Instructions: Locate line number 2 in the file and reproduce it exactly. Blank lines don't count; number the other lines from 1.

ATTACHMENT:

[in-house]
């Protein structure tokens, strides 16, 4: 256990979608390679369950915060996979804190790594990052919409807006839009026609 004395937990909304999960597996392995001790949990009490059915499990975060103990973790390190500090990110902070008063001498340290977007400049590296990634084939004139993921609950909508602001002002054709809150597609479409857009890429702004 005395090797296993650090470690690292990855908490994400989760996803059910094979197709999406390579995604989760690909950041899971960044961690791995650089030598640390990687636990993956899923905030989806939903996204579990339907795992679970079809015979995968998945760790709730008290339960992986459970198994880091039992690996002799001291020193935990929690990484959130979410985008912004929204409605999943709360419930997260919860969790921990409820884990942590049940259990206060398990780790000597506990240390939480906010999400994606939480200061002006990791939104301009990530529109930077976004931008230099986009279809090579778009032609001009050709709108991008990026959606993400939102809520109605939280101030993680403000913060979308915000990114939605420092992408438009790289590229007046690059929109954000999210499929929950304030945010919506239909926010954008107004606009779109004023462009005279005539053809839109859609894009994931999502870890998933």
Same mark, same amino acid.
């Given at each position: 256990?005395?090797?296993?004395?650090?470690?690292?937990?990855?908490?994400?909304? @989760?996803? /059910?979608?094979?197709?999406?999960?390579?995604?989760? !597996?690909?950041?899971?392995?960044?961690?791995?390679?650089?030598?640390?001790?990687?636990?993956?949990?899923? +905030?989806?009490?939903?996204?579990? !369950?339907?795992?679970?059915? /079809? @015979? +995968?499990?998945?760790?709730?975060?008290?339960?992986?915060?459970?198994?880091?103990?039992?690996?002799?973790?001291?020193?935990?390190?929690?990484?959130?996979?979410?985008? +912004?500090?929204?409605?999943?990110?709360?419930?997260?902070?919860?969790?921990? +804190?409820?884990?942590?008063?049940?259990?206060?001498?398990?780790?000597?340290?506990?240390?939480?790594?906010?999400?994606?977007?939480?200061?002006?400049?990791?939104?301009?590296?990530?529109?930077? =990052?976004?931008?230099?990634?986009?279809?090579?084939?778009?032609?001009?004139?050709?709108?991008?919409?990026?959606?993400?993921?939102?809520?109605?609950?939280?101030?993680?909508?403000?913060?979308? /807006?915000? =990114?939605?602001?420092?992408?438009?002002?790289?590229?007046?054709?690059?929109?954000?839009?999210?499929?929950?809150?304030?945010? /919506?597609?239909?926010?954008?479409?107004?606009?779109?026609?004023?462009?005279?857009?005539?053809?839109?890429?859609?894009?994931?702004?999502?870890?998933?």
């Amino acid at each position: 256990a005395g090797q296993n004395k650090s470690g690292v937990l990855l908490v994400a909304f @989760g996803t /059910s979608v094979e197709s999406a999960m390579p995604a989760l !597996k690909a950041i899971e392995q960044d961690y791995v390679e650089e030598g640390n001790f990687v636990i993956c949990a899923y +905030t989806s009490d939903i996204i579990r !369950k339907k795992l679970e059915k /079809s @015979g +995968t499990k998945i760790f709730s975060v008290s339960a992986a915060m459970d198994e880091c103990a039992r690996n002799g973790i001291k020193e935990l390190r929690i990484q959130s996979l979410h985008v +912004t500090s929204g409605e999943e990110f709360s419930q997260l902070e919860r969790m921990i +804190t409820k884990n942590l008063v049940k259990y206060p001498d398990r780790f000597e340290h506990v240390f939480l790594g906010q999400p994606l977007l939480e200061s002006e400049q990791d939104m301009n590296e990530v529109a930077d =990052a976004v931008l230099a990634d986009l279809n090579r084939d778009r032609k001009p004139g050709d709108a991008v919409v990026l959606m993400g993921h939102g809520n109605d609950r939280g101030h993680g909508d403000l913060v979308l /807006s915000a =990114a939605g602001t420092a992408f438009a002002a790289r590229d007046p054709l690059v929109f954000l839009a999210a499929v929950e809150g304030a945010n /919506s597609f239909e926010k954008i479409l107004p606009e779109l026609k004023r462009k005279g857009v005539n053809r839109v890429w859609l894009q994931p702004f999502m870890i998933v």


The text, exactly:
């Protein structure tokens, strides 16, 4: 256990979608390679369950915060996979804190790594990052919409807006839009026609 004395937990909304999960597996392995001790949990009490059915499990975060103990973790390190500090990110902070008063001498340290977007400049590296990634084939004139993921609950909508602001002002054709809150597609479409857009890429702004 005395090797296993650090470690690292990855908490994400989760996803059910094979197709999406390579995604989760690909950041899971960044961690791995650089030598640390990687636990993956899923905030989806939903996204579990339907795992679970079809015979995968998945760790709730008290339960992986459970198994880091039992690996002799001291020193935990929690990484959130979410985008912004929204409605999943709360419930997260919860969790921990409820884990942590049940259990206060398990780790000597506990240390939480906010999400994606939480200061002006990791939104301009990530529109930077976004931008230099986009279809090579778009032609001009050709709108991008990026959606993400939102809520109605939280101030993680403000913060979308915000990114939605420092992408438009790289590229007046690059929109954000999210499929929950304030945010919506239909926010954008107004606009779109004023462009005279005539053809839109859609894009994931999502870890998933």